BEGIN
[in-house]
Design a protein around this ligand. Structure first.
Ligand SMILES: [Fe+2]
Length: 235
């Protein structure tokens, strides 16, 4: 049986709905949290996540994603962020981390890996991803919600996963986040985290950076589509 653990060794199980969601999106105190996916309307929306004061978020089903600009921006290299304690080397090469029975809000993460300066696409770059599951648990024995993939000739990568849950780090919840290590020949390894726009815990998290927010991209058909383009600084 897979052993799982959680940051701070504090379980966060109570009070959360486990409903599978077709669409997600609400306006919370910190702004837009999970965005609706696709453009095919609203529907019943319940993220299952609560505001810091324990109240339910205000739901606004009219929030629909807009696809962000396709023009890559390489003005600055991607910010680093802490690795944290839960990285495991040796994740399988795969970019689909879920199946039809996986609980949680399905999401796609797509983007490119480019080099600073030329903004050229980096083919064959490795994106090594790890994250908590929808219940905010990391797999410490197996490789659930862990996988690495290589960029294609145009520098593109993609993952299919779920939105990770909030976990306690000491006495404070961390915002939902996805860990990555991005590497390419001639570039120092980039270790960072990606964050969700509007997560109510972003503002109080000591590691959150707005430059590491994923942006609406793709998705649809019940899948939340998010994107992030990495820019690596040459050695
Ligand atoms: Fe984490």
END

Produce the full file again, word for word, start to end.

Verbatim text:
[in-house]
Design a protein around this ligand. Structure first.
Ligand SMILES: [Fe+2]
Length: 235
């Protein structure tokens, strides 16, 4: 049986709905949290996540994603962020981390890996991803919600996963986040985290950076589509 653990060794199980969601999106105190996916309307929306004061978020089903600009921006290299304690080397090469029975809000993460300066696409770059599951648990024995993939000739990568849950780090919840290590020949390894726009815990998290927010991209058909383009600084 897979052993799982959680940051701070504090379980966060109570009070959360486990409903599978077709669409997600609400306006919370910190702004837009999970965005609706696709453009095919609203529907019943319940993220299952609560505001810091324990109240339910205000739901606004009219929030629909807009696809962000396709023009890559390489003005600055991607910010680093802490690795944290839960990285495991040796994740399988795969970019689909879920199946039809996986609980949680399905999401796609797509983007490119480019080099600073030329903004050229980096083919064959490795994106090594790890994250908590929808219940905010990391797999410490197996490789659930862990996988690495290589960029294609145009520098593109993609993952299919779920939105990770909030976990306690000491006495404070961390915002939902996805860990990555991005590497390419001639570039120092980039270790960072990606964050969700509007997560109510972003503002109080000591590691959150707005430059590491994923942006609406793709998705649809019940899948939340998010994107992030990495820019690596040459050695
Ligand atoms: Fe984490």